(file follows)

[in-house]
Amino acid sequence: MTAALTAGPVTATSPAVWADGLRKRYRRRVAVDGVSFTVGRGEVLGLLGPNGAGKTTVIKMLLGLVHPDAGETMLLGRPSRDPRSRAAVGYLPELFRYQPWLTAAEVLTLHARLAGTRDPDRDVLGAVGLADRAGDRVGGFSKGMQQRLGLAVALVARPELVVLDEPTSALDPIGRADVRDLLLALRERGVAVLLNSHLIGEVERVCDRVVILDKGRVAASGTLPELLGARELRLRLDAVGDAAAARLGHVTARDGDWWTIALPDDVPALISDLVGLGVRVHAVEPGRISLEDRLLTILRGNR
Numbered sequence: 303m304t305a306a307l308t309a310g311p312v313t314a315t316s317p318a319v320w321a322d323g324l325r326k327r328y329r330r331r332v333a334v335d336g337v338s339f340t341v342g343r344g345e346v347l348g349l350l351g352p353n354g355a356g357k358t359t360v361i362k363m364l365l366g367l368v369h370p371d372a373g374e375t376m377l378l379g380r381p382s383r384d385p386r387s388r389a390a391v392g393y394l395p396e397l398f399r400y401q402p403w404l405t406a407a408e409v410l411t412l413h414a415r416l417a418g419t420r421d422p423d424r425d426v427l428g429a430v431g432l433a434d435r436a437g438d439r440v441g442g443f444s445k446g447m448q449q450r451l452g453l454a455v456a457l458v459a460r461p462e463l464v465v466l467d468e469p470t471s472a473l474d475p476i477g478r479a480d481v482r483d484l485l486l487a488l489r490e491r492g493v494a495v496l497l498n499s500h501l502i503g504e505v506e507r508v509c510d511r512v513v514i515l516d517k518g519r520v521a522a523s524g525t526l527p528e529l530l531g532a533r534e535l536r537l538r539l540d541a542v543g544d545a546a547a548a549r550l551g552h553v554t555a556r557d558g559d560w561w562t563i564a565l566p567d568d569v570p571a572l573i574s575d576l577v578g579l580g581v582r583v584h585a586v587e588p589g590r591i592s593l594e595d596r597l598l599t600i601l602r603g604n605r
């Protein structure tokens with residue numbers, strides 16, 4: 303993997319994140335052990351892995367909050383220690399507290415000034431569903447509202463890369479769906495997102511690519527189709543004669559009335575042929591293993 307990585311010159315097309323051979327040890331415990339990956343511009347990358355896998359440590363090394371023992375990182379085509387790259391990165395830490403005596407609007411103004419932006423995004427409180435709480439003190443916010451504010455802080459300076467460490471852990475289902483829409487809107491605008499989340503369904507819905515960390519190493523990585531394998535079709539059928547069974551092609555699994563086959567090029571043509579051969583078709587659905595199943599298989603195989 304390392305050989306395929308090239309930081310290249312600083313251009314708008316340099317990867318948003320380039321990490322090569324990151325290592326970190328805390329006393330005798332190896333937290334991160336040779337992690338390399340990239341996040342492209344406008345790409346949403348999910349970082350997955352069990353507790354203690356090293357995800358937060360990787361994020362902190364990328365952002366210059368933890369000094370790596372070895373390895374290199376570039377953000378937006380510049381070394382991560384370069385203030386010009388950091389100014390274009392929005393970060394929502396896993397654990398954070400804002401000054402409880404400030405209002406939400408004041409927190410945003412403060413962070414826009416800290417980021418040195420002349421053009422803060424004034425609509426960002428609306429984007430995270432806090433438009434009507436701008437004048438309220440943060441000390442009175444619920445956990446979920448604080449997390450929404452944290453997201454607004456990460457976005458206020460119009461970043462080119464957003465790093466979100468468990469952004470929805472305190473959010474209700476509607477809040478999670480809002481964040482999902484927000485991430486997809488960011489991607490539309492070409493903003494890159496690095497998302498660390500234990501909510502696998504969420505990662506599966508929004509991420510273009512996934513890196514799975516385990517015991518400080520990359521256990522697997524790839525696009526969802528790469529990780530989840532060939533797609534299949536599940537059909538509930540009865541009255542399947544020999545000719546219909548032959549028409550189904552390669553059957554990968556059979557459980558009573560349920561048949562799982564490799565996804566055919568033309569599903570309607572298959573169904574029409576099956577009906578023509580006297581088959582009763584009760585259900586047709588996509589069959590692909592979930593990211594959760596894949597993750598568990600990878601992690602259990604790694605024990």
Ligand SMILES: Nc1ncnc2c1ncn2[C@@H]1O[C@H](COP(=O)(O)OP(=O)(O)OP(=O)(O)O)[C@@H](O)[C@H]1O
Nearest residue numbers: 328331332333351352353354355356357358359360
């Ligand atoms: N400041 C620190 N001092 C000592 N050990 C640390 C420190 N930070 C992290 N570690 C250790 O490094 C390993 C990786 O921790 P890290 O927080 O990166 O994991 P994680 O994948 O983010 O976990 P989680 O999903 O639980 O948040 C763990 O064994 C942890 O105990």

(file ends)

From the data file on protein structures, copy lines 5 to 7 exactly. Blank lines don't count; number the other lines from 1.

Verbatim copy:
Ligand SMILES: Nc1ncnc2c1ncn2[C@@H]1O[C@H](COP(=O)(O)OP(=O)(O)OP(=O)(O)O)[C@@H](O)[C@H]1O
Nearest residue numbers: 328331332333351352353354355356357358359360
């Ligand atoms: N400041 C620190 N001092 C000592 N050990 C640390 C420190 N930070 C992290 N570690 C250790 O490094 C390993 C990786 O921790 P890290 O927080 O990166 O994991 P994680 O994948 O983010 O976990 P989680 O999903 O639980 O948040 C763990 O064994 C942890 O105990």